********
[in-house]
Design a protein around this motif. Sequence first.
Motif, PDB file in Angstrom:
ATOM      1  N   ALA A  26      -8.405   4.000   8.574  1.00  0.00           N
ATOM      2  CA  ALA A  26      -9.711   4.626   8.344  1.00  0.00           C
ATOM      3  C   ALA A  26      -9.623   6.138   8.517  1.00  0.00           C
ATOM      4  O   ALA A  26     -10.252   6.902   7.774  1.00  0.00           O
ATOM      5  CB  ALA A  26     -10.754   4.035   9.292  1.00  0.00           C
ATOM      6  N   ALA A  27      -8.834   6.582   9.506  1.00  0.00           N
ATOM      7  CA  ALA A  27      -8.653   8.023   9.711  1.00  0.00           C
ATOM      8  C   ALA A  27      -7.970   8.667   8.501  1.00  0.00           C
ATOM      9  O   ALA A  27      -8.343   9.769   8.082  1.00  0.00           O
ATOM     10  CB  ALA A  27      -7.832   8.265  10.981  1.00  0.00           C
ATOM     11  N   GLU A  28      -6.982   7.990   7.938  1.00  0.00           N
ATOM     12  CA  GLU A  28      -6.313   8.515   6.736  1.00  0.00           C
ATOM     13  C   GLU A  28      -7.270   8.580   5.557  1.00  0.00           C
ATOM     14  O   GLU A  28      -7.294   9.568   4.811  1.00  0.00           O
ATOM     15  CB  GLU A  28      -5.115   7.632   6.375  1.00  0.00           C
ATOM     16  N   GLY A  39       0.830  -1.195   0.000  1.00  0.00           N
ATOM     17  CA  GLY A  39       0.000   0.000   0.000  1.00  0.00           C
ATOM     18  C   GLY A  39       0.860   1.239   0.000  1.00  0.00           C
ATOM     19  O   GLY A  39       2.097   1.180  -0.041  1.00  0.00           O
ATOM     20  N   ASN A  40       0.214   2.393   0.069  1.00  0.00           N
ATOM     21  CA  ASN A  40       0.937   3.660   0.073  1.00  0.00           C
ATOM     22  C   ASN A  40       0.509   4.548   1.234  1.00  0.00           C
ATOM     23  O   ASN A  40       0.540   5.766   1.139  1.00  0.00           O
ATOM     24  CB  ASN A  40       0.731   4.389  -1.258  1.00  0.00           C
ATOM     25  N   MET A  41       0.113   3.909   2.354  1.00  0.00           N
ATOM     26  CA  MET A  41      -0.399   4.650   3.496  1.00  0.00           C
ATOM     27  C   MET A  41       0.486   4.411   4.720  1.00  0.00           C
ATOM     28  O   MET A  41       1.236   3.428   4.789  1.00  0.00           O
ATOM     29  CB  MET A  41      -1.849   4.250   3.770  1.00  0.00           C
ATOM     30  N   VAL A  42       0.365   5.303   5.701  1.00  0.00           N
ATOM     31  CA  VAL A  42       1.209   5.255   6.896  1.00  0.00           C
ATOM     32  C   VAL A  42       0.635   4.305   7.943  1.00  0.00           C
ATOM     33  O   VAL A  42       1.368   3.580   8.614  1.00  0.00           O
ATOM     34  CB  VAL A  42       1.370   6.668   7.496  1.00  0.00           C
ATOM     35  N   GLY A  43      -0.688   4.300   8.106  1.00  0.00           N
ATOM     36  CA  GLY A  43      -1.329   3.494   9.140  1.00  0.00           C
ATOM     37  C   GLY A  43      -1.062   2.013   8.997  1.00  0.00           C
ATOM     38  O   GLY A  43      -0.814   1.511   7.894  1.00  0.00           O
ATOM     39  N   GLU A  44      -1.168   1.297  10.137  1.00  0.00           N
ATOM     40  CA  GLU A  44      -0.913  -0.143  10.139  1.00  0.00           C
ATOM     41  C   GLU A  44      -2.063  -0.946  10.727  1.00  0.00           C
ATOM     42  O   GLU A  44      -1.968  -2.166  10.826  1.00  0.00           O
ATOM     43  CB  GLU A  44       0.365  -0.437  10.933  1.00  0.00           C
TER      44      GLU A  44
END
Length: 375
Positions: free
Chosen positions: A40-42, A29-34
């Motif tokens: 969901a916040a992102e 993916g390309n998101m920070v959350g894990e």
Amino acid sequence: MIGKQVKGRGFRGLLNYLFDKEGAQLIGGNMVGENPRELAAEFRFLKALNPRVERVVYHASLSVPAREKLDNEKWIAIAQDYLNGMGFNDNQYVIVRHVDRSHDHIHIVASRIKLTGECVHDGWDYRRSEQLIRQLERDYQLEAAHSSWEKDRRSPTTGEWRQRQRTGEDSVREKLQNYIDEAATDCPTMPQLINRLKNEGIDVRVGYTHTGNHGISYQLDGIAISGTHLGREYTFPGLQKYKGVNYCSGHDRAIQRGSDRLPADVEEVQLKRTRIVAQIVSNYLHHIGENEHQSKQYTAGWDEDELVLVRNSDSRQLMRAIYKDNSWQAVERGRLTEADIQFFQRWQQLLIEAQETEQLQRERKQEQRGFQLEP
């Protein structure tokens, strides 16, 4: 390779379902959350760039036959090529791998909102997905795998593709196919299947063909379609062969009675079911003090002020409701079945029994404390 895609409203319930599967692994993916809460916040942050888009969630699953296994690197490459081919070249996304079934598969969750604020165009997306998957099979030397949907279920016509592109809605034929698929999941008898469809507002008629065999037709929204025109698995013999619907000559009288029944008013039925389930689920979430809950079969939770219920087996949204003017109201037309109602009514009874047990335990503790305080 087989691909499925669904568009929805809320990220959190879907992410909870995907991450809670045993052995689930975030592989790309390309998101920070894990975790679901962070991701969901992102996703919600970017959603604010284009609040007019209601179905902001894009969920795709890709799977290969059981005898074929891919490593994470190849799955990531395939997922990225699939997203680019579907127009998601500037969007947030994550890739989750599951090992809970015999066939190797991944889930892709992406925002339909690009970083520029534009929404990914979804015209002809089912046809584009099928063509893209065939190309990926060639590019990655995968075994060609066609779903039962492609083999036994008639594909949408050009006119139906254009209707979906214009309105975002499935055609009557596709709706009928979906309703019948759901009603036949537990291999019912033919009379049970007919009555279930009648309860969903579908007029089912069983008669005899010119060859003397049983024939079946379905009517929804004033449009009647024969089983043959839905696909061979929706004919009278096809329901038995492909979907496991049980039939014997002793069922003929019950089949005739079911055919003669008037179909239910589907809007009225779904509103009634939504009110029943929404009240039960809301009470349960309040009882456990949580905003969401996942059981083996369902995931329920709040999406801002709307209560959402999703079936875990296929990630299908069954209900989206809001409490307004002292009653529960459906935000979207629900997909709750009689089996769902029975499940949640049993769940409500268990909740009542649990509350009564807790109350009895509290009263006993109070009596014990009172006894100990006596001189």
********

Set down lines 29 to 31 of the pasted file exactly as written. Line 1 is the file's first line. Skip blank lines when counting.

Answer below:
ATOM     26  CA  MET A  41      -0.399   4.650   3.496  1.00  0.00           C
ATOM     27  C   MET A  41       0.486   4.411   4.720  1.00  0.00           C
ATOM     28  O   MET A  41       1.236   3.428   4.789  1.00  0.00           O